BMW Art Cars Collection

If you're passionate about cars, then it's likely that at some point in your life you will have seen a wildly painted BMW. Like many, you may have just disregarded it as an atypical exhibition car for whatever event you saw it at. Some of you, however, will have known that the car you saw was part of one of the most unlikely cultural crossovers of modern times - that of BMW's motorsport division with some of the most preeminent artists of their time.   

35 years old this year, the BMW Art Car Collection is currently housed in an NCP car park in east London as part of the London 2012 Festival. It's an excellent, and unique, opportunity to see the entire collection in one place, and runs until the 4th August. Entry is also free, unlike BMW's considerable options list for new cars. 

Below, in chronological order, is some of the fastest art you'll ever see.

BMW Art Car 3.0 CSL, Alexander Calder, 1975

Comissioned by Hervé Poulain, the original BMW Art Car is arguably the most striking. The aim was to add "artistic beauty to an already perfect object such as a racing car". A master of mobile kinetic art, Calder started by painting a 1:5 scale model CSL in primary colours that swept across the body before applying his design to the real thing, ready for Le Mans. 

BMW Art Car 3.0 CSL, Frank Stella, 1976

"My design is like a blueprint transferred onto the body" - Frank Stella

Consisting of tiny boxes grouped into 10x10 squares, Stella's literally graphic CSL is a visual tour de force. It's the thicker, seemingly unruly lines that set this design off, however, and according to Stella, keep the car together as a whole. These thicker, curved lines aim to resemble the templates used by engineers for technical drawings before computers became widespread.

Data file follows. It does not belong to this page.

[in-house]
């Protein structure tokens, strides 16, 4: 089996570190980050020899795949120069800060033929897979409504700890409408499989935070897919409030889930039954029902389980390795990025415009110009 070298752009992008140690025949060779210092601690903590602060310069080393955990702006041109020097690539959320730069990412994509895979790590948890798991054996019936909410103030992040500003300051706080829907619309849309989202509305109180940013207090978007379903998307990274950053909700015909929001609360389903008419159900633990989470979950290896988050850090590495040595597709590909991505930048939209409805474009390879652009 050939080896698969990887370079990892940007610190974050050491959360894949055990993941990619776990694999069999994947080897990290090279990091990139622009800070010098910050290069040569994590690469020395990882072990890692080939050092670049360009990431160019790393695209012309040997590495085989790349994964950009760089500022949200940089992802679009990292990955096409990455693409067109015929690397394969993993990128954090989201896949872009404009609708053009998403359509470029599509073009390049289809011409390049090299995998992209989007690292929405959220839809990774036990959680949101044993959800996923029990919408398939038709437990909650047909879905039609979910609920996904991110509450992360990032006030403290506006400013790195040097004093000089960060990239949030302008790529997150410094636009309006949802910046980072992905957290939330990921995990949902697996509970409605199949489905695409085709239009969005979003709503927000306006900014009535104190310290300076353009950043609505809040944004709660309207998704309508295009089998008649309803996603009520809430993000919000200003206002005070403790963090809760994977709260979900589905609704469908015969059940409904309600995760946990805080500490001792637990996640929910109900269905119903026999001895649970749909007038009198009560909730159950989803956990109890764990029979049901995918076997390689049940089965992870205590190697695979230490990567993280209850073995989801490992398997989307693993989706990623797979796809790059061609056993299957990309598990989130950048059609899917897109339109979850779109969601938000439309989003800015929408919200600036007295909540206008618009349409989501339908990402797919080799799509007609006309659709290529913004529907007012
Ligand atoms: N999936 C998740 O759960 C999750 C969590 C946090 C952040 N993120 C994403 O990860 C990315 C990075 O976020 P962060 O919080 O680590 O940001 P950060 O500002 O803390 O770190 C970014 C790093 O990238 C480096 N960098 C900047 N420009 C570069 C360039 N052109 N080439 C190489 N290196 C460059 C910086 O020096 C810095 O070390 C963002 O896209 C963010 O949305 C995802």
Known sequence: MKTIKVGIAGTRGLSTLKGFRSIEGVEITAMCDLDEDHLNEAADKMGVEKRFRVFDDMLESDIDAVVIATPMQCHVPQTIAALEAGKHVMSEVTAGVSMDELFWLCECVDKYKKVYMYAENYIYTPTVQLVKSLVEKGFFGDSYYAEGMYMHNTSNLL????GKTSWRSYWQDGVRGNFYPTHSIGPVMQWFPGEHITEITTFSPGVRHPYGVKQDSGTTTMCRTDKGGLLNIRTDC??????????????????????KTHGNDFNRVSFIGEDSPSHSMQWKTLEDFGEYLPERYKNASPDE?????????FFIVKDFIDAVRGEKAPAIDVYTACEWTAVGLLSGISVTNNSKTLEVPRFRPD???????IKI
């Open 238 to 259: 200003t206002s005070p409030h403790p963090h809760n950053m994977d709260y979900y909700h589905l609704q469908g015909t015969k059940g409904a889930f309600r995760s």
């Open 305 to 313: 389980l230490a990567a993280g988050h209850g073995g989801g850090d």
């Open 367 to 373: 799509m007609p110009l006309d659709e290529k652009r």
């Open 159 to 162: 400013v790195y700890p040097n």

BMW Art Car 320 Group 5, Roy Lichtenstein, 1977

"I wanted the lines I painted to be a depiction the road showing he car where to go" - Roy Lichtenstein

Lichtenstein gave the 320i Racing a Pop Art makeover, coalescing comic strip with slickness; the broad and sweeping painted lines represent the road and passing scenery along which the car is being driven. The car is an abstract analytical consideration of the external aerodynamic experiences of the vehicle, and the immaculate finish is attributed to varnishing expert Walter Mauer and BMW designer Wolfgang Seehaus. 

BMW Art Car M1 Group 4, Andy Warhol, 1979

"I love that car. It has turned out better than the artwork" - Andy Warhol

Arguably the most famous Art Car of all, Warhol's M1 was alledgedly completely in just 28 minutes. His third attempt at designing an Art Car (BMW disapproved of the first two), Warhol used his fingers to paint and instill a vivid depiction of speed into the car. Consequentally, the colours blur to great effect when the car is travelling at high speed. BMW rate this car as the most expensive car to bear the firm's roundel.

BMW Art Car 635 CSI, Ernst Fuchs, 1982

"The perception of speed as you whizz by - the longing to transcend time and space, all this inspired while I painted the BMW coupe" - Ernst Fuchs

Fuchs depicts a hare at night running across the autobahn and leaping over a burning car. His 635 CSi ,for many, is the most vivid of all the art cars.

BMW Art Car 635 CSi, Robert Rauschenberg, 1986

"Taking the first step was extremely dificult. It was like being in a room with a beautiful virgin" - Robert Rauschenburg

The sixth artist to create an art car for BMW, Rauschenburg took the art car to a new dimension by the use of photographic transfers. An image of an Ingres painting can be seen on the right-hand side of the bodywork and the left-hand side features Bronzino’s work. Rauschenberg’s own photographs of Everglades swamp grass adorn the bonnet and the hubcaps feature images of ancient decorative plates.

BMW Art Car M3 Group A Race Version, Michael Jagmara Nelson, 1989

"The car is a landscpe, like you'd see from a plane - I included water, the kangaroo and the opossum" - Michael Jagamara Nelson

Australian artist Michael Jagamara Nelson depicts an aerial landscape of his native country in a Papunya art style (an ancient Aboriginal ‘dot painting’ technique). The canvas is painted in an earthy palette includes depictions of water and marsupials.

BMW Art Car M3 Group A Race Version, Ken Done, 1989

"I wanted the car to look like it was moving even when stationary" - Ken Done 

Nationality seems to be the only thing both Michael Jagamara Nelson and Ken Done share in common. Their different backgrounds are evident in their art; Nelson paints with an ancient aboriginal style, whereas Done embraces a more modern approach, using psychedelic colours to depict abstract representations of his homeland, choosing “speed” and “Australia” as key themes. A colour gradient fading from warmer to cooler colours spans across the length of the car, underlying an abstract motif of parrot-fish to convey the car’s speed.